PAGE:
City Removes "Sermons" From Pastor Subpoenas, Blames "Media Circus" and Anti-HERO Lawyers for Stoking Outrage
Mayor Annise Parker and City Attorney David Feldman at a press conference Friday.
Mayor Annise Parker and City Attorney David Feldman shifted more blame in the subpoenaing-anti-HERO-pastors debacle that's riled up Christians across the city -- and, thanks to Twitter and the #HoustonWeHaveAProblem campaign, the nation. Parker and Feldman blamed their pro bono lawyers, the media and the opposing lawyers, without shouldering much blame themselves during a press conference Friday.
Parker, visibly frustrated, said that her legal representation could've been more sensitive when it subpoenaed five local pastors last month in the city's legal fight against anti-HERO activists who want to repeal the city's equal rights ordinance. But Parker doesn't "read those kind of legal documents in detail," she said. Feldman, who also said he didn't read the subpoenas before they were sent last month, said the entire controversy could have been avoided had the other side's lawyers brought their issues to him, rather than the media.
"You're supposed to confer the issue; had they done that -- and they never did, they just filed a motion to quash -- they could have told us they had an issue with the request and we would have agreed," Feldman said. "But they decided to make it a media circus."
The city cleared up the wording Friday morning by filing a revised subpoena with the district clerk. The revision removes the term "sermons" and requests only "presentations" or "speeches" related to HERO or the petition process. Mind you, this changes only one of the 17 requests outlined in the city's original subpoenas to the pastors. While the rest of the subpoena remains broad, Parker emphasized that the "request -- the whole lawsuit -- is about the petition process."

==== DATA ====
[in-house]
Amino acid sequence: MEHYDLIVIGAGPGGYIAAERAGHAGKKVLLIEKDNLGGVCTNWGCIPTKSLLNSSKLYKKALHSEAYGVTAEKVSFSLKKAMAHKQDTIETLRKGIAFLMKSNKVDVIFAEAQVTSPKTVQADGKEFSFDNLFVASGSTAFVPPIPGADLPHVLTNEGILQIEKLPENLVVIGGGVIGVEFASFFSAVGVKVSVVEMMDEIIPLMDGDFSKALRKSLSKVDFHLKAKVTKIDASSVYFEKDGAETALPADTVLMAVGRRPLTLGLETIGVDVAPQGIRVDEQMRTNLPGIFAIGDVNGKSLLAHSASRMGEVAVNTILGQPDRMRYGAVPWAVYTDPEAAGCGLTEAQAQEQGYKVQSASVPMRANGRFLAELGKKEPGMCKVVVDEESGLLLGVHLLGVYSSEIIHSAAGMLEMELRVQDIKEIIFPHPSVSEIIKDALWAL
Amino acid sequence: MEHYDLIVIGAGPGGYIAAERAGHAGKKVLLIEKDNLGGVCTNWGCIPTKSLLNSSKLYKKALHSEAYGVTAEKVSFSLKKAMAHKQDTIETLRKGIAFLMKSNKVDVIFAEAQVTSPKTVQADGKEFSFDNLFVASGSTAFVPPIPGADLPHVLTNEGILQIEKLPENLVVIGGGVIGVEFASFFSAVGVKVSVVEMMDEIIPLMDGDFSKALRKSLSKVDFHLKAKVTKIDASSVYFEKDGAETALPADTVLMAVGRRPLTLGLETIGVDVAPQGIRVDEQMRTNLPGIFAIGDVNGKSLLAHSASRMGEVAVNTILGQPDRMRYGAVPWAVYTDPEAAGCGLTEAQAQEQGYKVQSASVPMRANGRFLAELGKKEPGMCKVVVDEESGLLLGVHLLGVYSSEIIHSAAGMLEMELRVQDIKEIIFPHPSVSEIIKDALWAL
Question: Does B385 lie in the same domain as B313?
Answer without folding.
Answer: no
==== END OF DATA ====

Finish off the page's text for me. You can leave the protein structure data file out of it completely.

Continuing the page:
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The mayor explained that the pro bono attorneys of Susman Godfrey L.L.P, which filed the subpoenas last week, will continue to work with the city as it prepares for the trial, scheduled to take place in January. And while Parker hopes this revision will appease the other side, she isn't ruling out the idea of more revisions down the road. "The revised subpoenas that we are issuing today may be further revised, as I understand," she said.
It already seems that the minor rewording won't satisfy opponents. "In this 'new' filing, the Mayor still insists on seeing private emails, texts and other communications related to the Mayor's office and the city's 'bathroom bill,'" Family Research Council President Tony Perkins said in a statement sent shortly after Parker's press conference. "While two words -- 'or sermons' -- are dropped from the 'revised' subpoena, the government intrusion into private religious affairs remains. The 'revised' subpoena is a difference without a distinction."
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